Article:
M&S teams up with Unicef to offset CO2
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Marks & Spencer (M&S) is to sponsor a Unicef project that will save 40,000 tonnes of CO2 emissions and improve the quality of life of thousands of Bangladeshi families
The UK retailer is the first major company to sign up to Unicef’s new carbon offsetting programme, which will fund the manufacture and maintenance of thousands of fuel-efficient stoves in Bangladesh.
Currently 90% of households in Bangladesh burn solid fuels, such as wood, forest cuttings and animal dung. The resulting indoor air pollution causes 49,000 deaths a year, according to the World Health Organisation, 70% of which are children under five.
The new Unicef programme, which is due to launch in February 2014, will pay for entrepreneurs in Bangladesh to be trained in how to manufacture, sell and maintain stoves that are 50% more fuel efficient that tradition indoor cooking stoves.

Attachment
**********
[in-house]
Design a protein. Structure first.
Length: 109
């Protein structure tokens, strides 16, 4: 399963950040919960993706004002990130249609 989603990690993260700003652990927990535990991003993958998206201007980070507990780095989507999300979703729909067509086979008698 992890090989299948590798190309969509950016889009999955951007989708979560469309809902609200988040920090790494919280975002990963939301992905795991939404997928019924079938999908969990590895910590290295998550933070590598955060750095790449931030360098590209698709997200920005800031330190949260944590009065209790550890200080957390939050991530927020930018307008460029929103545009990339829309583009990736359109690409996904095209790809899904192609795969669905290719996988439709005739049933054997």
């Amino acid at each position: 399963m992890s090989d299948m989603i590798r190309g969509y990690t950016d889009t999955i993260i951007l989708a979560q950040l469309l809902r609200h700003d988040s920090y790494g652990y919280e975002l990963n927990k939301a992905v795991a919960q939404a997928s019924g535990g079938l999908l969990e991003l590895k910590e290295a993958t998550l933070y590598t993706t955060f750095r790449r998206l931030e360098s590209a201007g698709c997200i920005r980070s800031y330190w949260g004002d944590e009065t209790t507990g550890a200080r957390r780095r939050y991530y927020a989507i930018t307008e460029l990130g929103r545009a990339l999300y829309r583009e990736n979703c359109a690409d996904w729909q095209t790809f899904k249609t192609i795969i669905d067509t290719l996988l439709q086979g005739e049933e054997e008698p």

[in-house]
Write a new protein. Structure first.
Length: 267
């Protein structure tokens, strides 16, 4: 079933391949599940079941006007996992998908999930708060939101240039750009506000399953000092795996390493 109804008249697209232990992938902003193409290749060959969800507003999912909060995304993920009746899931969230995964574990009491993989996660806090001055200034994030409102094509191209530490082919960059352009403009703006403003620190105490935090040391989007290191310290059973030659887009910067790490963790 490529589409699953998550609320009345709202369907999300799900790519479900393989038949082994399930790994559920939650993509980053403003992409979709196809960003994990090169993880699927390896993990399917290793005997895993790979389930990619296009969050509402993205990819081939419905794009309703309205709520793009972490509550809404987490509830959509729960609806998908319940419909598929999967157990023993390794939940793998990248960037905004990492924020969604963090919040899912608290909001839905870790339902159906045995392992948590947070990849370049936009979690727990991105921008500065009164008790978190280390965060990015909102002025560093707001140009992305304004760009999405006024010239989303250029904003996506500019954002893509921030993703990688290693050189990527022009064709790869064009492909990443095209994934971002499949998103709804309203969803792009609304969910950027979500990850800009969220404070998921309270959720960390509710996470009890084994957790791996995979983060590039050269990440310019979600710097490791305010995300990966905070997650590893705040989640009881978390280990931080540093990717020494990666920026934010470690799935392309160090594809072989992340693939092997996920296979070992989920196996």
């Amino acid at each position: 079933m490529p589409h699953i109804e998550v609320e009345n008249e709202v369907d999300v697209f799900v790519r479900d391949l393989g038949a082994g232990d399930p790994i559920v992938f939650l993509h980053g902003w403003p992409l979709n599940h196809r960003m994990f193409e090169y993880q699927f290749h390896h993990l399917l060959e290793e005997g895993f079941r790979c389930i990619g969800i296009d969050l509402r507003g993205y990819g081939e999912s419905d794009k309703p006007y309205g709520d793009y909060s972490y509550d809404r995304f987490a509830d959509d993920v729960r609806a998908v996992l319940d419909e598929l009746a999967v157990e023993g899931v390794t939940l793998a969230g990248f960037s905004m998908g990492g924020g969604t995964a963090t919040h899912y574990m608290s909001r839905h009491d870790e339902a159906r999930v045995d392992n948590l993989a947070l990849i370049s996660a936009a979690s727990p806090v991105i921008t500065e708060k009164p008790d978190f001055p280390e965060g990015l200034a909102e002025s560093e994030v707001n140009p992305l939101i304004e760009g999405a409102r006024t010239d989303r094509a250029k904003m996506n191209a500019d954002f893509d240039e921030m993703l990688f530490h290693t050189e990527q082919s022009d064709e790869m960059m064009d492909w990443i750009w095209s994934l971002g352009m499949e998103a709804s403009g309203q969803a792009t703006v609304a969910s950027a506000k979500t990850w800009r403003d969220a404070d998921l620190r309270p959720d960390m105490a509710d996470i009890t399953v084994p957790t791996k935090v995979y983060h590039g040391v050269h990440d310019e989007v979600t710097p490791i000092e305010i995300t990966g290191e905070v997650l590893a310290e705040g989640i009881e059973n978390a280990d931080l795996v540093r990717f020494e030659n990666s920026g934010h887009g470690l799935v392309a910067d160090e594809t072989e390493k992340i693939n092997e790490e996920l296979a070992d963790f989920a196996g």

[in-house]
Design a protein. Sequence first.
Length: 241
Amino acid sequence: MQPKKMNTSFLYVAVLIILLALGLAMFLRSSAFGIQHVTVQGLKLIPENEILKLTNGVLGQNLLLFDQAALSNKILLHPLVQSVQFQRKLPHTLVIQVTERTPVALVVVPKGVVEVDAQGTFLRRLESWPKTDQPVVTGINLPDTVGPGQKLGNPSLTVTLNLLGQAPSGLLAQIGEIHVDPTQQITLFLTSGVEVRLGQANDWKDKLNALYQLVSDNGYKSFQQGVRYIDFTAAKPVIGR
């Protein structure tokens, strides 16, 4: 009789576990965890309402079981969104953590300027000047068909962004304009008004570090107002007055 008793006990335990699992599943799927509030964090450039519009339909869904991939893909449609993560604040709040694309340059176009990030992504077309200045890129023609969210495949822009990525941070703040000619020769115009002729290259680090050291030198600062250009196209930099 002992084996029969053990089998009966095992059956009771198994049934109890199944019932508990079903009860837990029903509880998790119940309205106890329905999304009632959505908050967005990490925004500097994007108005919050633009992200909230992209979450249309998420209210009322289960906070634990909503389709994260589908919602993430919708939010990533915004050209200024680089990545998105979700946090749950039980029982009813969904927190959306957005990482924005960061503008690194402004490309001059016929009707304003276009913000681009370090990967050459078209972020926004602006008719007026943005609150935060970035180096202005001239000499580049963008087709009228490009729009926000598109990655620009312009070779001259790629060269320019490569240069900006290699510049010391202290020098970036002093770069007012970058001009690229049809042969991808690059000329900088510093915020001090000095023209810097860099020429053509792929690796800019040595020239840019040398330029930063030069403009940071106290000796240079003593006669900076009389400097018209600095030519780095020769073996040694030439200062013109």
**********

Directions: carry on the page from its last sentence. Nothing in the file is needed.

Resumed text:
Each stove produces 1 tonne fewer carbon emissions a year than a standard stove and will significantly improve living conditions for the families using them.
The programme, which aims to qualify for “Gold Standard” carbon credit certification, will run for 10 years and aims to create and sell 20,000 stoves a year.
Under its Plan A commitment to be a carbon neutral, M&S has agreed to fund the project for its first two years.
“Being carbon neutral is a key part of Plan A and it’s important that, wherever we can, we invest in high quality offsets that support communities within which we operate,” commented Marc Bolland, chief executive of M&S.
Yoka Brandt, deputy executive director of Unicef, said: “We are delighted that M&S is supporting Unicef’s carbon offset pilot project in Bangladesh, which helps to reduce indoor air pollution and its serious consequences on the health of children.
“This demonstrates how innovative private sector partnerships can positively impact the wellbeing of children and the world that they inherit.”
M&S’s decision to support the Unicef project was praised by Jonathan Porritt, co-founder of Forum for the Future, who said “This [project] ticks literally all the boxes in terms of improved health, local economic benefits and reduced emissions of CO2.”
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